This incident gives us our first glimpse into how men like Patterson really view women and submission.  Sadly, the second look below is even less flattering.

Darrell Gilyard – SBC Rising Star

darrelll-gilyard - CopyIn 1989 a young African American man named Darrell Gilyard was the featured preacher at The Southern Baptist Convention’s Preacher’s Conference.  This important honor was made possible because of the insistence of Paige Patterson.  At the time Gilyard had been nurtured and mentored by Patterson who was President of Criswell College in Dallas, TX. Patterson was vehemently promoting Gilyard as a “rising star” in the SBC.  Two years prior to this however, Gilyard had been terminated  from his position at Concord Missionary Baptist Church in Dallas Texas by Sr. Pastor Rev. E. K. Baily.

According to Sr. Pastor Baily, no less than 25 women came forward with allegations of sexual misconduct involving Darrell Gilyard.  Gilyard was fired publicly at a 1500 member meeting of Concord Missionary Baptist in Dallas while members of Paige Patterson’s Criswell College were in attendance.  Speaking later, Rev. Baily said he received a letter from Paige Patterson in which he chastised him and said “he [Patterson] would have come out to my church and solved the problem for me if I had told him first.”  The “problem” for Patterson was not that 25 women had been sexually abused, but that one of his good ol’ boys had been brought before the church and fired.  Though Rev. Baily surmised this would be the end of Darrell Gilyard’s career, Patterson had other plans.

According to a 2007 article by Ethics Daily, “Patterson continued to mentor him, helping him to land preaching gigs at Baptist state conventions and evangelistic rallies across the country.”

Patterson had arranged for special scholarships for Mr. Gilyard to attend his Criswell College.  However, while at Patterson’s college new allegations began to surface.    In 1989, a student says she made an appointment with Paige Patterson to discuss the sexual escapades of his disciple.  “Darrell Gilyard was there with his wife and an attorney,” the woman said. “He confronted me and said I wore suggestive clothing. I don’t even own suggestive clothing.”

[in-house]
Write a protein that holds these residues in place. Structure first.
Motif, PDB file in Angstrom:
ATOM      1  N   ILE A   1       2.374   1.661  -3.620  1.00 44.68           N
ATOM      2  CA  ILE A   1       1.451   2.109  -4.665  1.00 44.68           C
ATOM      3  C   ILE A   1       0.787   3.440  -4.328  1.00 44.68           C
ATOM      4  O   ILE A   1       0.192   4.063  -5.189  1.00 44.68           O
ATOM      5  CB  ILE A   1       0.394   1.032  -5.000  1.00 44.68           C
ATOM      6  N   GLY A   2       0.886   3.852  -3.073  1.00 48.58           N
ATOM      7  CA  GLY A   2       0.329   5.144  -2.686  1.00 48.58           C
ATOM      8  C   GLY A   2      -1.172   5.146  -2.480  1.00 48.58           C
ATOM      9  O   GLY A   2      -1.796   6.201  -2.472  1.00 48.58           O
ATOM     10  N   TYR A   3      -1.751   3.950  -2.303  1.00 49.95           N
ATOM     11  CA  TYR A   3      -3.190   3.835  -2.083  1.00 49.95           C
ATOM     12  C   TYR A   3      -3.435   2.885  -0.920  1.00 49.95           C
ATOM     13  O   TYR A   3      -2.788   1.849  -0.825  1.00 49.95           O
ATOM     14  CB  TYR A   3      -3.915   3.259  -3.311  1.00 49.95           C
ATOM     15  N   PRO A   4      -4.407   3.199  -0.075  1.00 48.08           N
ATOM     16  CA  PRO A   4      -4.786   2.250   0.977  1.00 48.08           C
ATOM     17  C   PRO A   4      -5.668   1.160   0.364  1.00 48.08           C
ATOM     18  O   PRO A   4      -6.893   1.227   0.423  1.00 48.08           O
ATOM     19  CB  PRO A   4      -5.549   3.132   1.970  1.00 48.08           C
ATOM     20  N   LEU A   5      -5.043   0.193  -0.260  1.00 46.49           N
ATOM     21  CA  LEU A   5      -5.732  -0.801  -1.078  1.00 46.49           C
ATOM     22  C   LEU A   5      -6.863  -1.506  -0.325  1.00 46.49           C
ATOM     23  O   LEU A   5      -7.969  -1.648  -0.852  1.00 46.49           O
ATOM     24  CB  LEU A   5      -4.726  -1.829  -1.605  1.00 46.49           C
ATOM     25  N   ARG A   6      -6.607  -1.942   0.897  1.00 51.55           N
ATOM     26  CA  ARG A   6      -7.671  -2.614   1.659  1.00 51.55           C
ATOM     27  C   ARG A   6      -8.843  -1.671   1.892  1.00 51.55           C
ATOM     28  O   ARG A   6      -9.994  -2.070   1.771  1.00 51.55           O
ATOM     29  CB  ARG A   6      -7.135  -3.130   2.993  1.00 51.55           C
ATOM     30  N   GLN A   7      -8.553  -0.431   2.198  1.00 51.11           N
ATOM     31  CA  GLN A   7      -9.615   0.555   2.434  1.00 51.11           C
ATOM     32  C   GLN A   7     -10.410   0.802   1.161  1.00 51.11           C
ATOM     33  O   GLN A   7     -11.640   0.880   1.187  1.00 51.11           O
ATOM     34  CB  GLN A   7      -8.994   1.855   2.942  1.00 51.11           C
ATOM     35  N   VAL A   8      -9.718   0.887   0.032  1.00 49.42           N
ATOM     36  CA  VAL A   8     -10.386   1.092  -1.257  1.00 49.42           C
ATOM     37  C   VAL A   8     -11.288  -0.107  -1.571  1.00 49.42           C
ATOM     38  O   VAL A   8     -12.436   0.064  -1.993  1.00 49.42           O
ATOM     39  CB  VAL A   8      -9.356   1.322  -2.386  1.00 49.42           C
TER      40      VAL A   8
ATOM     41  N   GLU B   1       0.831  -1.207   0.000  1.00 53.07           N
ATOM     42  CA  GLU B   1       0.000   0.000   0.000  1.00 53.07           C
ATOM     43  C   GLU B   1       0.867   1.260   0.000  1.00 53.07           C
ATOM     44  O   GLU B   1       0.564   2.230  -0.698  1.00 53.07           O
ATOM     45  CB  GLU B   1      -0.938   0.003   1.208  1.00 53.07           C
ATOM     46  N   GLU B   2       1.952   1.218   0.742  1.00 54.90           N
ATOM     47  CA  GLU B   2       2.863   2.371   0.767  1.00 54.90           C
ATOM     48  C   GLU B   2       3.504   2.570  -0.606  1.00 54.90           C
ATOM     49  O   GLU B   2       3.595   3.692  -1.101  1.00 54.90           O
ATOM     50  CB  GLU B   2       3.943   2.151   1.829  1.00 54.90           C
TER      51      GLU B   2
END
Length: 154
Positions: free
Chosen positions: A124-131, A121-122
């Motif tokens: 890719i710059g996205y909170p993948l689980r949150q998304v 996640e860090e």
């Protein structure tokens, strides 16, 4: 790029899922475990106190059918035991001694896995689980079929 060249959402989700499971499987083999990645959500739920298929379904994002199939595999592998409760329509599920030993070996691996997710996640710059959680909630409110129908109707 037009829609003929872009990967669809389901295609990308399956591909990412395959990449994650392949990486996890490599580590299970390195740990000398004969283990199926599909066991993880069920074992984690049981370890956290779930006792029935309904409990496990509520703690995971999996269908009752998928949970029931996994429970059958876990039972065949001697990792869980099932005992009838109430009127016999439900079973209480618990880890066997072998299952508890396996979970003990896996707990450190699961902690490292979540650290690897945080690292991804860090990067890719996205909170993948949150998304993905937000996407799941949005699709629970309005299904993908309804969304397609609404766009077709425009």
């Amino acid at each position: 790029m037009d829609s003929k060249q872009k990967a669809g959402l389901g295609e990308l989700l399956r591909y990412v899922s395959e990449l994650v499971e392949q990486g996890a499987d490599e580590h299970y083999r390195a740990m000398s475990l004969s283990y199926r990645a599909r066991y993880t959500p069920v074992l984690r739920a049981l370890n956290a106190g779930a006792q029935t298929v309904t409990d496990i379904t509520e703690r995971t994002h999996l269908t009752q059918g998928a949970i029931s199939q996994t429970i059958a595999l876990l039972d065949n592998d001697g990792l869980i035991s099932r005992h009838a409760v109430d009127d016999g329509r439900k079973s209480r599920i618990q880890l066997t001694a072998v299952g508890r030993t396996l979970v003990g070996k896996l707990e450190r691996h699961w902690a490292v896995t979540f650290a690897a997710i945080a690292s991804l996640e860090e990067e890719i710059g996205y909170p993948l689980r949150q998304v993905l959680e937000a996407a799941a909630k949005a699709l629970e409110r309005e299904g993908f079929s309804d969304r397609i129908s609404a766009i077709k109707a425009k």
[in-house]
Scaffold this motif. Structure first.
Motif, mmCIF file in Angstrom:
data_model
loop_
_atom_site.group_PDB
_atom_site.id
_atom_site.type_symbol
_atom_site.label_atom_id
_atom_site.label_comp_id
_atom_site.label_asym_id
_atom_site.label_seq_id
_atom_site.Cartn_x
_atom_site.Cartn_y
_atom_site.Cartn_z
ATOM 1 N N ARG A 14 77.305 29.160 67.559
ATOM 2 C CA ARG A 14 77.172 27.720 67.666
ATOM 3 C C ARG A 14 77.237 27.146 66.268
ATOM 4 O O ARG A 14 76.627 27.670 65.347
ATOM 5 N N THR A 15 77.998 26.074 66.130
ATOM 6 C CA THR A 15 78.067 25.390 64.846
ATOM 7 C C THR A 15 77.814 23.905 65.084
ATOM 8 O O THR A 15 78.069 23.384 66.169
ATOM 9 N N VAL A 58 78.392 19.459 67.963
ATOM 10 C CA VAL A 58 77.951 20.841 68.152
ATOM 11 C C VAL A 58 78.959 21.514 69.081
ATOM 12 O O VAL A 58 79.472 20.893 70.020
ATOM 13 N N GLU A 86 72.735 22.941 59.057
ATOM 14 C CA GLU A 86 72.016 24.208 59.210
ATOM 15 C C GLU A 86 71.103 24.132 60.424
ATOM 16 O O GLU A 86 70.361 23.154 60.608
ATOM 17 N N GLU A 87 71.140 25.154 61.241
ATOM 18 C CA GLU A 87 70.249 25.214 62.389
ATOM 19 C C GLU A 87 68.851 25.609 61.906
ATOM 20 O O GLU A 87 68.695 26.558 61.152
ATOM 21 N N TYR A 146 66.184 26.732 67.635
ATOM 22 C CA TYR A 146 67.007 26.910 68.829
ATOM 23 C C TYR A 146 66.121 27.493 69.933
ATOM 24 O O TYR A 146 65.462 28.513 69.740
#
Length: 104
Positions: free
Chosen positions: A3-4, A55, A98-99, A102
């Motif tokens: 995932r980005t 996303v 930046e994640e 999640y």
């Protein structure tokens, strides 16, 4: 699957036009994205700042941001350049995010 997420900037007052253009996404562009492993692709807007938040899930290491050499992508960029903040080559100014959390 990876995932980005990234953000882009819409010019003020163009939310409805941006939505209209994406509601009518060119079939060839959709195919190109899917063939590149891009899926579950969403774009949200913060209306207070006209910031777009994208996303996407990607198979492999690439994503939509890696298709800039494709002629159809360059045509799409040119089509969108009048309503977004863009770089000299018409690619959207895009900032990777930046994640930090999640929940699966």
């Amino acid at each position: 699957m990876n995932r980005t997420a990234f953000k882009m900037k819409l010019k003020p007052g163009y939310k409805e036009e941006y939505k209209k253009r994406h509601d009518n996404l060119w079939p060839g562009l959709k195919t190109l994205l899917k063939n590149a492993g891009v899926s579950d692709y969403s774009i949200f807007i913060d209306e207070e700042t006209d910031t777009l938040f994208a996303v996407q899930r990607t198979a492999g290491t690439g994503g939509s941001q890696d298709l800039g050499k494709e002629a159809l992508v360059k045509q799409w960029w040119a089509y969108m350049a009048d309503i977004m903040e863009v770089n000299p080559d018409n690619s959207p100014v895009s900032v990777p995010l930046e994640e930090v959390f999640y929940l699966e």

She told The Dallas Morning News that “Paige Patterson asked me to refrain from speaking to anybody about this.  (No talk rule!) He said unless I came back with two witnesses or proof that something had happened, not to come back.”

The Dallas Morning News went on to report:

Another woman who was drawn to Mr. Gilyard’s preaching left the Concord church after Mr. Gilyard was fired. “We couldn’t believe that he had done anything.” she said. She and her husband corresponded with Mr. Gilyard during the next year while he was assistant pastor of Hilltop Baptist Church in Norman, Okla., in the fall of 1987. She said she was thrilled when he came back to Dallas.

One evening, she said, he called her late at night and told her he had been having sexual fantasies about her. “I thought he had some problem that he just needed to talk about, so I said I’d pray for him.” She said the pastor asked her to meet him later in a hotel or at the church. “I agreed to meet him at the church,” she said. “There was nobody there, it was at night. We were talking by the pulpit, and we started kissing. Then he grabbed my hand and pulled me down onto the – floor, right there in the church. I was in a state of shock. This was a man I trusted. I didn’t know what to do. Then he was on top of me.” She said she was able to free herself and leave. But the calls continued, she said. “I told him what we did was wrong. I even called Paige Patterson to tell him what had happened.” She said Dr. Patterson would not take her calls. “He told his secretary to tell me that unless I had some kind of proof, not to call back.’  

gilyard - CopyIn response to the trouble, Patterson had Don Simpkins, a pastoral counselor begin meeting with Gilyard to “polish his rough edges”.  After a few sessions, counselor Simpkins became convinced Gilyard was a predator and attempted to contact Dr. Patterson to share his disturbing findings.  Gilyard canceled further  counseling sessions and Patterson never returned Simpkins’ calls.  Mr. Simpkins would later tell The Dallas Morning News:

“I believe it’s time now to do the right thing.” Mr. Simpkins said he believes allegations against Mr. Gilyard that surfaced last year were covered up.

By 1991, Mr. Gilyard would have to leave four churches amidst a swirl of charges of sexual misconduct including adultery, battery and rape.  Gilyard’s history was well known to Patterson but this did not seem to out weigh his political value in Patterson’s eyes.  The women victims were deemed jealous or even racists by Dr. Patterson.  Patterson teaches ministers that they are in a special protected class.  Everyone else is in a lower class with women being at the bottom.